Final Solution for Flaine
The French Alpine ski resorts are known for their rugged slopes. Normally these kind of runs need close to a meter of snow in order to be skiable. The high mountain terrain can also be challenging to less than expert skiers. One of the consequences of climate change is that snow depths are thinner, particularly at the start of the season. Snow canons can be used to lay down base but they are costly to run both in terms of water and energy resources.
In order to ski on less snow and to make slopes more accessible resorts have taken to ironing out what they see as the imperfections in their domains and seeding the runs with grass. During the autumn the heavy artillery of snow canons is complemented with Semtex, bulldozers and rock crushing machines.
Lapiaz filled with rubble
Blanketed by winter snow, skiers on a week’s holiday are pretty much oblivious to the changes going on beneath their feet. In fact it is all very comforting that the slopes and snow cover resemble the local snow-dome where they probably learned to ski. Research by resorts such as les Arcs shows that the average holiday skier prefers this type of slope and the consumer is king after all.
Come back in the summer and it all looks very different, the overhead catenary, pylons and cabins that winch skiers to the top of runs are juxtaposed with bright green or rock grey motorways carved through the mountainside. All very unattractive. No-where is this destruction of the natural environment more evident than at Flaine in the Haute-Savoie. In his book, Flaine la création, Eric Boissonnas remembers that “At Flaine, the limestone cliffs cut and encircled the site, we had to bow to the discipline they imposed”. Fine words that have melted away like a summer snow.
Although the Faucigny mountains have a good snow record, they receive the first flakes from any weather fronts heading down from the north of France, the geology at Flaine is not ideal for a ski resort. The “désert de Platé” is the largest limestone plateau in Europe. Over tens of thousands of years the corrosion by mildly acidic rain has created a network of potholes called Lapiaz. This geological wonder is a paradise to cavers but the rugged slopes require considerable snow depth to be skied and off-piste presents the same dangers as glaciated terrain. Serious injuries and deaths to skiers who stray from the marked runs are common.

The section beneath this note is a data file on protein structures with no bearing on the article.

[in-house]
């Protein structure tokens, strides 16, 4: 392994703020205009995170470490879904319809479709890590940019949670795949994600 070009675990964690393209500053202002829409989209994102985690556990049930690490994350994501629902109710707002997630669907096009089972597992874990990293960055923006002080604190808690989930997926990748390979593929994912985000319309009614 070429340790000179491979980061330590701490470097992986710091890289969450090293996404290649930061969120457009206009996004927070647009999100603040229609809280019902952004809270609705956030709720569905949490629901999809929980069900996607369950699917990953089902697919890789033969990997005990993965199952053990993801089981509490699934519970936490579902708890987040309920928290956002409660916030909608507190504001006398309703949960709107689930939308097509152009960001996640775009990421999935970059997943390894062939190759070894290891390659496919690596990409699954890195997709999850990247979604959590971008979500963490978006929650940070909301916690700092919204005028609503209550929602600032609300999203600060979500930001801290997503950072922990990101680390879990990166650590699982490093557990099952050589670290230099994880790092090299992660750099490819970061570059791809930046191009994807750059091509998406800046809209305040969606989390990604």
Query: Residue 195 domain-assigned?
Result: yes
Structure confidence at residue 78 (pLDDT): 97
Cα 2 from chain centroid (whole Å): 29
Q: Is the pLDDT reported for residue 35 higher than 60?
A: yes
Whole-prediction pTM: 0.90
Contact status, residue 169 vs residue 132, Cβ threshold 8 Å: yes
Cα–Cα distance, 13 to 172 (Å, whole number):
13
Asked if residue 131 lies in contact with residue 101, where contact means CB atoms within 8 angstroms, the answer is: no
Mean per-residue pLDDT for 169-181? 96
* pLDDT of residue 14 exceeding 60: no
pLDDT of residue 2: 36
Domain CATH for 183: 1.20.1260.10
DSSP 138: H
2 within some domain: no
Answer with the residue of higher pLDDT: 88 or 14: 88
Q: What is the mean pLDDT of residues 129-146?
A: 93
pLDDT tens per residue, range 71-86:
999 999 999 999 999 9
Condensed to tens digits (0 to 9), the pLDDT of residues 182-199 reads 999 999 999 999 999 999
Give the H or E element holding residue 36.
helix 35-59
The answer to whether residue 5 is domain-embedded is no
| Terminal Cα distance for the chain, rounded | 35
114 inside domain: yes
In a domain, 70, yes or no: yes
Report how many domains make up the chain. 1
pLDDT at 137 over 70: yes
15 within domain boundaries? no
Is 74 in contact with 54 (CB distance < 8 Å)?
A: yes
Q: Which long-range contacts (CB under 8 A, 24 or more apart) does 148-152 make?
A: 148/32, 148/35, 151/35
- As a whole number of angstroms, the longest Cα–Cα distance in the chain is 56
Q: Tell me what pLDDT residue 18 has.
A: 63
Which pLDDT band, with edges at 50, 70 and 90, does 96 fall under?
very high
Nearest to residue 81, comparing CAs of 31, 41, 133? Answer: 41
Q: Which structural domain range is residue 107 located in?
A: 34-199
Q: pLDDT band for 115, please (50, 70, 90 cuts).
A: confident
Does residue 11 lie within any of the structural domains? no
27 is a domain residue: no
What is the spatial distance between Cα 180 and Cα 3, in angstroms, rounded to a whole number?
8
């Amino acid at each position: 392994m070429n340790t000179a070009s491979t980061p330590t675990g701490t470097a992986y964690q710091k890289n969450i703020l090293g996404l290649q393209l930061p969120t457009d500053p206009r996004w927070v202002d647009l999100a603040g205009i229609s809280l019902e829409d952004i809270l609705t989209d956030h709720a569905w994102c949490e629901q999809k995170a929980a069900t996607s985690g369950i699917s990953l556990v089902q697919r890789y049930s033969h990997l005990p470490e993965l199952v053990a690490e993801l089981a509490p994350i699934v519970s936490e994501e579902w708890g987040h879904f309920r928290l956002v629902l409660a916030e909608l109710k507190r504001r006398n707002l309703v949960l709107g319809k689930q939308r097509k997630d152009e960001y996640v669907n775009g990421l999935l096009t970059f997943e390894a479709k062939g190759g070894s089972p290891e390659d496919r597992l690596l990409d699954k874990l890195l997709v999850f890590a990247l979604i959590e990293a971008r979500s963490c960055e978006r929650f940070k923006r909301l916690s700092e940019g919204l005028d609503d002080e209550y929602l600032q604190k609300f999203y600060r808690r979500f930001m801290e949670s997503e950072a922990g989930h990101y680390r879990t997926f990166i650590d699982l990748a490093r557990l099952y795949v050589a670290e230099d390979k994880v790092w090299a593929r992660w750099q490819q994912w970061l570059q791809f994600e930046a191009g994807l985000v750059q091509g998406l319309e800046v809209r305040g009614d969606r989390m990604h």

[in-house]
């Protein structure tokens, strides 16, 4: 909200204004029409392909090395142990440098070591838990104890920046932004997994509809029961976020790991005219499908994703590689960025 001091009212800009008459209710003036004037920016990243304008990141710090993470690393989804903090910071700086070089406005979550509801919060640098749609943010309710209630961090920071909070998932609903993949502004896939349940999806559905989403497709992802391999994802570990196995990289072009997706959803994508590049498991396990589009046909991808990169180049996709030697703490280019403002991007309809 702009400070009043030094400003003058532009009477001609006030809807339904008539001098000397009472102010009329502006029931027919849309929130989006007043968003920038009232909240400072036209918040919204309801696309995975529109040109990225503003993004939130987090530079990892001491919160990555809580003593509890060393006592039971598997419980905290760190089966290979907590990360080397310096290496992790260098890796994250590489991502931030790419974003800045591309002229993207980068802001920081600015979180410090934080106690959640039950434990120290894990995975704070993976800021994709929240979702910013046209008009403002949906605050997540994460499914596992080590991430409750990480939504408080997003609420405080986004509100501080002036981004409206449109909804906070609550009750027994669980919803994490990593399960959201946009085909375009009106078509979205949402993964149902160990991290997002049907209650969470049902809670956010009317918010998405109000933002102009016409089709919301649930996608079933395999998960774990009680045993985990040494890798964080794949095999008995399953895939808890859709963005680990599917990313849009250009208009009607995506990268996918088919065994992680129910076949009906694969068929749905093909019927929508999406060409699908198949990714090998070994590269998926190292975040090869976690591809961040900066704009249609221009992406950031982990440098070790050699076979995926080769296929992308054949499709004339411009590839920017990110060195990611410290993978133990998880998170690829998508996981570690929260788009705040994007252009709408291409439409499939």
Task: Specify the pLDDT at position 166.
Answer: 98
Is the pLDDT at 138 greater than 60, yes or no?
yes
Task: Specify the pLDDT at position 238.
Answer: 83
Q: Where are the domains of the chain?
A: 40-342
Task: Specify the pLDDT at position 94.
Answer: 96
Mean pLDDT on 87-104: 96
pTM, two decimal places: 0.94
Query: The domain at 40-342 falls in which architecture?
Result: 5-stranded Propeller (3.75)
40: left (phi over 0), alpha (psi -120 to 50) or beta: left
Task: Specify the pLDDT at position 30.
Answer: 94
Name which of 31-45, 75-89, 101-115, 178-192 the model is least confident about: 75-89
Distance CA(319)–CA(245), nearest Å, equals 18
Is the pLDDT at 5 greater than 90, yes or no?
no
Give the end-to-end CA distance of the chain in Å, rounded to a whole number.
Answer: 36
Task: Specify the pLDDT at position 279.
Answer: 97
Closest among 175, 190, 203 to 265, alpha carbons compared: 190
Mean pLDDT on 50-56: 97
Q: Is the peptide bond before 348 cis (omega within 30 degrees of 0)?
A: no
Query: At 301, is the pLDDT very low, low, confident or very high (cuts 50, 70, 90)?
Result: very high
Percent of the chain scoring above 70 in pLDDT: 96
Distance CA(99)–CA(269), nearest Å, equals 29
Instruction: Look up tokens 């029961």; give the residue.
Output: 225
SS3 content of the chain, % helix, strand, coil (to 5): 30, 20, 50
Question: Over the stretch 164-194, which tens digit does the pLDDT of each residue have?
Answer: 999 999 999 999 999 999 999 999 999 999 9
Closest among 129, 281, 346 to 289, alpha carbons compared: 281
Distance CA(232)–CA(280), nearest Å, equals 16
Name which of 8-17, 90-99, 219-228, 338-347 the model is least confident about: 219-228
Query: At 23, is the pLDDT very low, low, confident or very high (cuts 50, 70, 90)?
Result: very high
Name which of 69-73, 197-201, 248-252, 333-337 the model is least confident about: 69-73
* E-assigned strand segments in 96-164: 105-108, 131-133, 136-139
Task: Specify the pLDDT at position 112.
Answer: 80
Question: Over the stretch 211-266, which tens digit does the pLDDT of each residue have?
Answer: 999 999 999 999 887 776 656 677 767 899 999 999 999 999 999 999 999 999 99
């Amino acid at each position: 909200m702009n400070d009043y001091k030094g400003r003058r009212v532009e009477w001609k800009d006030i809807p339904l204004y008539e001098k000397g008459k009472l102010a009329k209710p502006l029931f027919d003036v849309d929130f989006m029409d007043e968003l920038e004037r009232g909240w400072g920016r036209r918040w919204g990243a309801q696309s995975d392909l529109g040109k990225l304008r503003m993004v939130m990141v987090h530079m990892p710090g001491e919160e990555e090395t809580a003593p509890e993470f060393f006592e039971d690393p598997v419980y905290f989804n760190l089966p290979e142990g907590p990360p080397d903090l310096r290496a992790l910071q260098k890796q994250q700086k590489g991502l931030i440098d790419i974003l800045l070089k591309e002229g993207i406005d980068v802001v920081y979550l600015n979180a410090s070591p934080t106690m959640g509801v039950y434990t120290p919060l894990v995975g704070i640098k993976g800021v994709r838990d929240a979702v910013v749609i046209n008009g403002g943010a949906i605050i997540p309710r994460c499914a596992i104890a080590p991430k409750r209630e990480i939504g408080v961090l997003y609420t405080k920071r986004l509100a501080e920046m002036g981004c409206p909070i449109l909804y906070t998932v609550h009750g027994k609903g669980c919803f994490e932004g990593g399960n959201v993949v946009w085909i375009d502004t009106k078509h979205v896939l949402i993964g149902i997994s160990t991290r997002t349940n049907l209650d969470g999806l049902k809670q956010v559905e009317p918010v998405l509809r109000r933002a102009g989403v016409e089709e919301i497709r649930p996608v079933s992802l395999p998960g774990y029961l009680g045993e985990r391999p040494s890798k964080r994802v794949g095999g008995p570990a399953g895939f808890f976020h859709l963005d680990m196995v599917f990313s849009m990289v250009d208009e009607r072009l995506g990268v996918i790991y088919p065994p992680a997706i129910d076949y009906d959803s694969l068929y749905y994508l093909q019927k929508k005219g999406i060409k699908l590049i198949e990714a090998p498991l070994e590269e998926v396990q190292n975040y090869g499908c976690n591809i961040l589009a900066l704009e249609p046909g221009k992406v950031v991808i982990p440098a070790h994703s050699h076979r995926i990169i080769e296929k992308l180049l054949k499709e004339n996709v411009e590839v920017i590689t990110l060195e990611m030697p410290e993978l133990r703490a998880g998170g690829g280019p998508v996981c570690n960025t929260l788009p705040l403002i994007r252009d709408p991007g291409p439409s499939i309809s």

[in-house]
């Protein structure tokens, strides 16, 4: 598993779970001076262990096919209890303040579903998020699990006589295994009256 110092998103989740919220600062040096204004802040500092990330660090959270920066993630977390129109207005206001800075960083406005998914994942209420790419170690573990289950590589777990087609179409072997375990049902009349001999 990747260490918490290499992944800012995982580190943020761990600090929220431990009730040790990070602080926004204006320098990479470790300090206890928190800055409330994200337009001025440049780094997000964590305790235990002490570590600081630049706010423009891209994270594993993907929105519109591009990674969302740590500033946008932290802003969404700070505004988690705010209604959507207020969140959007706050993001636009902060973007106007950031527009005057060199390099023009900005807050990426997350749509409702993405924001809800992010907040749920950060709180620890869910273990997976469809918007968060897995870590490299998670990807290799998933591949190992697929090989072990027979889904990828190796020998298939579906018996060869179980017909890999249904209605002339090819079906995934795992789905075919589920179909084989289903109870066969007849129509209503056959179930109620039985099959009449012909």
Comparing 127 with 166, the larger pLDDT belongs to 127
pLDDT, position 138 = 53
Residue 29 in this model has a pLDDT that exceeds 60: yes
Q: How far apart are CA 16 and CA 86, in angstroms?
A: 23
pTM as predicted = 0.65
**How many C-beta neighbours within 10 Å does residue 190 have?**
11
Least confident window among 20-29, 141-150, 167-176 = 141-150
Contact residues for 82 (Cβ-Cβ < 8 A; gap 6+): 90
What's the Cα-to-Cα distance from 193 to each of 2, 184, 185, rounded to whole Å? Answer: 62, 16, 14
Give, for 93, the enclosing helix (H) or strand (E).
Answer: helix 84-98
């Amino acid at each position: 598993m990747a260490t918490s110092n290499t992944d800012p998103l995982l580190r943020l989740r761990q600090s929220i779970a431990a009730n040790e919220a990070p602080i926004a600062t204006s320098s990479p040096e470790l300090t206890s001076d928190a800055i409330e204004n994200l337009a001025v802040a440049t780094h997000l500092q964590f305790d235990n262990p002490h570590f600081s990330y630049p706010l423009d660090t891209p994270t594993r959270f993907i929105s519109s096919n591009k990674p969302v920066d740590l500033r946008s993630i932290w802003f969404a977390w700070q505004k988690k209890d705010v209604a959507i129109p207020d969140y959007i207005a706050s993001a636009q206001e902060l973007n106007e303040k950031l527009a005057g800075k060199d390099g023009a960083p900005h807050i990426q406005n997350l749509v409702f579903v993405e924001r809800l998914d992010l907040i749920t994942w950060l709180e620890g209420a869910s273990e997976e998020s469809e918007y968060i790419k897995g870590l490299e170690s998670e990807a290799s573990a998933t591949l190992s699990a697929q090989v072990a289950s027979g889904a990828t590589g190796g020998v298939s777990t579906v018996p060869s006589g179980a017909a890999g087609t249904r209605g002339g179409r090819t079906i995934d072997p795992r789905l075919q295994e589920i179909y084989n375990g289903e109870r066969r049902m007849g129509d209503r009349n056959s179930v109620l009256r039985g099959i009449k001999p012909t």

and the skier?
In September members of Mont-Blanc caving club made a trip to the area to explore some crevasses. The long hot summer had melted a lot of the permanent snow in these fissures and they were hoping to explore deep into the mountain. They were shocked by the level of terraforming going on in the area. The project had begun the previous year on the Faust run. Olivier Lanet told us that the limestone has been excavated to a depth of three meters in places to create a wide and uniform avenue for skiers. The gravel created by the digging has been used to fill in the lapiaz on the edge of the slopes threatening access to some of their favourite subterranean passages. Olivier accused the resort of “gratuitous violence against a mountain that cannot defend itself”. Environmental group Mountain Wilderness sees a serious contradiction for a resort that is aiming for the ISO 14000 certification for environmental management and asks ironically if they are using “bio diesel in the bullzoers and grading machines”.
Flaine is run by the Compagnie des Alpes. The CdA was created by the Caisse des dépôts et consignations, a public finance body, in 1989. During the Vichy regime functionaries from the Caisse des dépôts ran the commercial operations of the Drancy concentration camp north of Paris. Flaine intends to remodel the Lucifer piste next summer. It is nothing personal, just business.
Mont-blanc Spelio Club
Flaine - la création, Eric Boissonnas. ISBN: 2910342018
Posted by davidof
on Thursday, 14 December, 2006 at 08:50 PM
An other page about this final solution
Posted by serge
on Friday, 29 December, 2006 at 07:12 PM
Over the years many valleys have been drowned in hydro development or in leisure concrete, the forests are thinner and sick due to general pollution of the air, expansion of resorts and associated infrastructure often means removal or destruction of local habitats, either way the degradation of the mountain environment is due to human actions. But if we declare that whatever human actions have done to the mountains can equally well be undone - we have a problem. Humans can only save the heritage that comes down to them from previous generations if very many of them want to do so. In order to want to do so they have first to know, then to understand, and then to feel and to feel strongly that the degradation of mountain ecosystems has to stop.
Posted by on Tuesday, 05 June, 2007 at 01:41 PM
Management is the key, ski resorts are business owned by business men, stopping is something that is unlikley to happen in one bold step. Studies are currently being carried out to identify ways that ski resorts can swap some of their worst poluting practices for greener soultions. In adittion they are looking at solutions to exchange ski revenue for other revenue. This is obvioulsy being driven By $ a not a new understanding of the degradation of the mountain ecosystem. Everyone knows we have polution problems, but we need workable soultions. Please also post on Snow ski reports
Posted by Snow ski resort
on Tuesday, 03 July, 2007 at 02:15 PM
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